Individuals, businesses and schools are switching to Google Apps to communicate more efficiently from anywhere, collaborate without the hassle of attachments, save money, and get continuous innovation. Because you use Google Apps in your browser, improvements like new features in Google forms show up automatically. Starting today, we'll post a recap every couple of weeks highlighting significant improvements we've made in Google Apps, and major milestones in this area, similar to our weekly series on Search. We hope this helps you experience what's new for yourself!
More interface consistency across Google Docs
We heard your feedback about design inconsistencies in the user interfaces for documents, spreadsheets and presentations, and we agree; having a more consistent user interface is a better experience. Last week we rolled out a batch of changes making the links, title area, menus, menu terminology and toolbar more uniform. We think this will make it easier to find commonly used functions, speed up your experience with Google Docs and make you more productive in these browser-based applications.
Customizable options for Gmail offline
Gmail offline lets you work with your email from the browser even when you don't have an internet connection, but until now, you couldn't specify how much old mail you wanted to cache for offline access. On Wednesday we launched new options for Gmail offline, and now you can configure how much of your old email is available when you don't have a connection. Once you enable Offline Gmail from the Labs tab in Settings, go to the Offline settings tab to customize which labels are synchronized, how far back messages are included, and which attachments you'll be able to access offline in your browser.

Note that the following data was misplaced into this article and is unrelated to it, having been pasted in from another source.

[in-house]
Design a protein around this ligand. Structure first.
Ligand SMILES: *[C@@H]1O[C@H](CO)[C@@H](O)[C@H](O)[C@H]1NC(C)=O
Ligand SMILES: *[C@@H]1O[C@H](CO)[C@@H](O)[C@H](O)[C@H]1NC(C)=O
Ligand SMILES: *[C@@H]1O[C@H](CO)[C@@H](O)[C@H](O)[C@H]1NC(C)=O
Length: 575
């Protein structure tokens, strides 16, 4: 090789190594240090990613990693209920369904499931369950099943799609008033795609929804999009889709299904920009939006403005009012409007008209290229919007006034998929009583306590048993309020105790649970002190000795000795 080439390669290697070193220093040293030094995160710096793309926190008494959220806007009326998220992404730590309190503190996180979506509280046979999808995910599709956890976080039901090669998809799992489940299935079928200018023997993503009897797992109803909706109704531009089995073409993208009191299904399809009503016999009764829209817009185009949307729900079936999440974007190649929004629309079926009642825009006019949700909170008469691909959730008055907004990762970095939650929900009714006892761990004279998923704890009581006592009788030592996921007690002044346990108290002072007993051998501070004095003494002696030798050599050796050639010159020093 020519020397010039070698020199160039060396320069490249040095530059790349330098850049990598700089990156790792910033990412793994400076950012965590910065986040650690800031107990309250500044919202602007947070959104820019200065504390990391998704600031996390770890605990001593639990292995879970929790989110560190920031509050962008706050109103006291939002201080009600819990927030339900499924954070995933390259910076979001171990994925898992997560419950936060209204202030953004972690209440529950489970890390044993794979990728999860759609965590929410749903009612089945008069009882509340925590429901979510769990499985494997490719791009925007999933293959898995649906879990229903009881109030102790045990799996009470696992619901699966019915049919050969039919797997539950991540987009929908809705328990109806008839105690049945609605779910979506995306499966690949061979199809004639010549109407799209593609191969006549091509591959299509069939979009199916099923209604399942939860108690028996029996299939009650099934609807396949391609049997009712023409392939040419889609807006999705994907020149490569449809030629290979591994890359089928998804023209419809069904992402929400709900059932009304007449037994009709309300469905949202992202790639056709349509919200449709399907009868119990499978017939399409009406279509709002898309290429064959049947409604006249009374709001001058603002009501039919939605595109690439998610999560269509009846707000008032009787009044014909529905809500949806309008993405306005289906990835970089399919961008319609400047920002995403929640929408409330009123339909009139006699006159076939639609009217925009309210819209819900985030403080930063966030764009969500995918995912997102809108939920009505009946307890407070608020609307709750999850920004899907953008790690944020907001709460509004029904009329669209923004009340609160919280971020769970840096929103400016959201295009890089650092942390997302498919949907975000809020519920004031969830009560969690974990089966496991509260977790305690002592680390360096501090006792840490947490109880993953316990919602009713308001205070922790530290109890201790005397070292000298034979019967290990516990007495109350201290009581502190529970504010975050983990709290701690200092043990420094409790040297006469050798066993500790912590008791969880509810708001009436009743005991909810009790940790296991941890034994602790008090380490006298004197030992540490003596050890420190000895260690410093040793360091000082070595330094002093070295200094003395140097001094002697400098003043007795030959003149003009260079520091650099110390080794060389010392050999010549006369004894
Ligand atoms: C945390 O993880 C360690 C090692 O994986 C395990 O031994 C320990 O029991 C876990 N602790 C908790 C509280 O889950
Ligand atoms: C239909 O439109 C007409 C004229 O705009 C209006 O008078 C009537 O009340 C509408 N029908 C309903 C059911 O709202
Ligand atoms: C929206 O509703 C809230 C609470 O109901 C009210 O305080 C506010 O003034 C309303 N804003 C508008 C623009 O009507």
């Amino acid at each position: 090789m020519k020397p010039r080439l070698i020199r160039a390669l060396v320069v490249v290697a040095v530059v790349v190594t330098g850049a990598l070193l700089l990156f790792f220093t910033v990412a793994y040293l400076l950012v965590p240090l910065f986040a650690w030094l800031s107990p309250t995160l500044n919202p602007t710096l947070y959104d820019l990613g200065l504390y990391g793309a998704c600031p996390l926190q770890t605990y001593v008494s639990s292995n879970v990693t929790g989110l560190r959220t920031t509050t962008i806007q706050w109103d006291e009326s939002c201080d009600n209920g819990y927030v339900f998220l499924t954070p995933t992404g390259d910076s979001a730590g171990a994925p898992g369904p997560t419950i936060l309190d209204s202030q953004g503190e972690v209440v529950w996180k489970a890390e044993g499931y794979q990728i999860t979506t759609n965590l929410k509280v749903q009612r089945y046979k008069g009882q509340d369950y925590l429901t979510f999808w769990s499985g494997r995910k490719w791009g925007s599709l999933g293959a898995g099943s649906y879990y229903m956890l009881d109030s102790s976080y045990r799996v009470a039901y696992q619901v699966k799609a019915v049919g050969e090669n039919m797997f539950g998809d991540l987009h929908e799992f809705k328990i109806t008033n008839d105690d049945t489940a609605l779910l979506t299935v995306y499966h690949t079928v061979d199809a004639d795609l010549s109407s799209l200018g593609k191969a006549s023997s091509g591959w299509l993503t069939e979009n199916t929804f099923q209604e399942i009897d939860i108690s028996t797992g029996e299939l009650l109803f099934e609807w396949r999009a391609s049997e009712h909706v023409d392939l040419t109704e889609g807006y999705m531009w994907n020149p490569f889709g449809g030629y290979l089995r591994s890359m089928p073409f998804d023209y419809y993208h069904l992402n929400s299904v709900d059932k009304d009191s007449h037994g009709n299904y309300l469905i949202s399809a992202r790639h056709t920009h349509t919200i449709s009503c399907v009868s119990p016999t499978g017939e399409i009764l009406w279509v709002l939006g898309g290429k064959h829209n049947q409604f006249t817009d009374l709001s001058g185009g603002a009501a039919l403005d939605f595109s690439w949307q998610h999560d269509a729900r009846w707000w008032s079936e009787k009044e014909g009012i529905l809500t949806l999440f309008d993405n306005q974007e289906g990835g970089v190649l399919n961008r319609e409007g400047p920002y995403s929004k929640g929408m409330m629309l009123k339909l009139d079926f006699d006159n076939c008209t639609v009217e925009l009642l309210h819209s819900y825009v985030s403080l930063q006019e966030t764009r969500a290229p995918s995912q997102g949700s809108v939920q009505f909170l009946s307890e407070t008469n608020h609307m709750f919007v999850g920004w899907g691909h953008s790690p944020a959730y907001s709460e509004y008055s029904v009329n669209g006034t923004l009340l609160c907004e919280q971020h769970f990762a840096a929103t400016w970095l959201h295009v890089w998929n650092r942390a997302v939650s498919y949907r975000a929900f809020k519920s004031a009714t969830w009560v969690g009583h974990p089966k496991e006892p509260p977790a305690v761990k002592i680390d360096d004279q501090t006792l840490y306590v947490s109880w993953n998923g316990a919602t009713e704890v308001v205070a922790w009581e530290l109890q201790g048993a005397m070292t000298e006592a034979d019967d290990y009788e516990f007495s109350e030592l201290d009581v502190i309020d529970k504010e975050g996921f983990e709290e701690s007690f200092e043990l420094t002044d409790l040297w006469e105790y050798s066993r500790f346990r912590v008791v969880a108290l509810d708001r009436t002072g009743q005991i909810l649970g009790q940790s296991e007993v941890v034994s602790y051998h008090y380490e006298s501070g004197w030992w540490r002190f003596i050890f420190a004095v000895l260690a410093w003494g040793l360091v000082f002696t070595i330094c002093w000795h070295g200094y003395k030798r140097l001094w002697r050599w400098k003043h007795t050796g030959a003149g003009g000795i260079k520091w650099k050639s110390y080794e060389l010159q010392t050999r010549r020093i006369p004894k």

Google Docs bulk export
We firmly believe it should be easy to move files saved on your computer into the cloud, and that you should be able to move your data out of Google Apps whenever you want. After all, it's your data, and you should be able to do what you want with it. In the spirit of Data Liberation, last week we made it even easier for you to pull your documents, spreadsheets, forms, presentations and PDFs out of Google Docs with "Convert, Zip and Download". Just select the files in Google Docs that you want to save, go to 'More Actions' > 'Export', then choose your preferred output file formats. Your items will be saved to your computer in a tidy zip file.
Visual indicators for edited and all-new items in Google Docs
The shared items in your Google Docs account evolve as the people you collaborate with make edits and share new items with you. This is fundamentally different from how it works with files saved on your computer. Last week we started showing visual indicators in Google Docs to make it easier to spot what's changed and what's been newly shared with you. The names of files that have been edited since you lasted opened them are in bold, and shared files that you haven't opened yet have a red 'New!' tag.
Administrator controls for Chat
Companies and schools using Google Apps sometimes want to limit how their users communicate with Google Talk and Gmail Chat. For example, some K12 schools don't want outsiders instant messaging with their students. To meet this need, we now let IT administrators select if their users should only be able to chat with each other, and not with external users. This new option is found in the Chat service settings area of the Premier and Education Edition control panels.
Over two million businesses have gone Google
Companies around the world are moving to the cloud with Google Apps, and we just crossed the two million customers milestone. To hear how Google Apps is bringing faster innovation to employees, eliminating major hassles for IT managers and saving companies big bucks, read some of their quotes or visit out our YouTube customer channel.
We hope these updates help you get even more from Google Apps. For details and the latest news in this area, check out the Google Apps Blog.
Posted by Bradley Horowitz, VP of Product Management and Dave Girouard, President of Google Enterprise